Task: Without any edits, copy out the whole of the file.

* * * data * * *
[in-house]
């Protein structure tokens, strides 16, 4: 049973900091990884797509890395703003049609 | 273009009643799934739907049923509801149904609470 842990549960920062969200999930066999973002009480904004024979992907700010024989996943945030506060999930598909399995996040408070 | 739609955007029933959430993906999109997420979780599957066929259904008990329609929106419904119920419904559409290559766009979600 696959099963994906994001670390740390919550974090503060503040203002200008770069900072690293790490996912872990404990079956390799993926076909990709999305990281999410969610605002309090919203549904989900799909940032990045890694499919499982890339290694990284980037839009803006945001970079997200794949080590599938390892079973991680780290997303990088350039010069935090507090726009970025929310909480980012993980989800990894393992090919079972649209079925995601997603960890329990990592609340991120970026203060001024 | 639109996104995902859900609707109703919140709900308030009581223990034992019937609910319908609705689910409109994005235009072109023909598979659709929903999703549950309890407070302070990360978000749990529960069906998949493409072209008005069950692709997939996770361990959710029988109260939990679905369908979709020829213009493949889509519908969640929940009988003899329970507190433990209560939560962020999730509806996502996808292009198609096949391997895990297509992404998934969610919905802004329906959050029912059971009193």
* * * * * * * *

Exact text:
[in-house]
């Protein structure tokens, strides 16, 4: 049973900091990884797509890395703003049609 | 273009009643799934739907049923509801149904609470 842990549960920062969200999930066999973002009480904004024979992907700010024989996943945030506060999930598909399995996040408070 | 739609955007029933959430993906999109997420979780599957066929259904008990329609929106419904119920419904559409290559766009979600 696959099963994906994001670390740390919550974090503060503040203002200008770069900072690293790490996912872990404990079956390799993926076909990709999305990281999410969610605002309090919203549904989900799909940032990045890694499919499982890339290694990284980037839009803006945001970079997200794949080590599938390892079973991680780290997303990088350039010069935090507090726009970025929310909480980012993980989800990894393992090919079972649209079925995601997603960890329990990592609340991120970026203060001024 | 639109996104995902859900609707109703919140709900308030009581223990034992019937609910319908609705689910409109994005235009072109023909598979659709929903999703549950309890407070302070990360978000749990529960069906998949493409072209008005069950692709997939996770361990959710029988109260939990679905369908979709020829213009493949889509519908969640929940009988003899329970507190433990209560939560962020999730509806996502996808292009198609096949391997895990297509992404998934969610919905802004329906959050029912059971009193």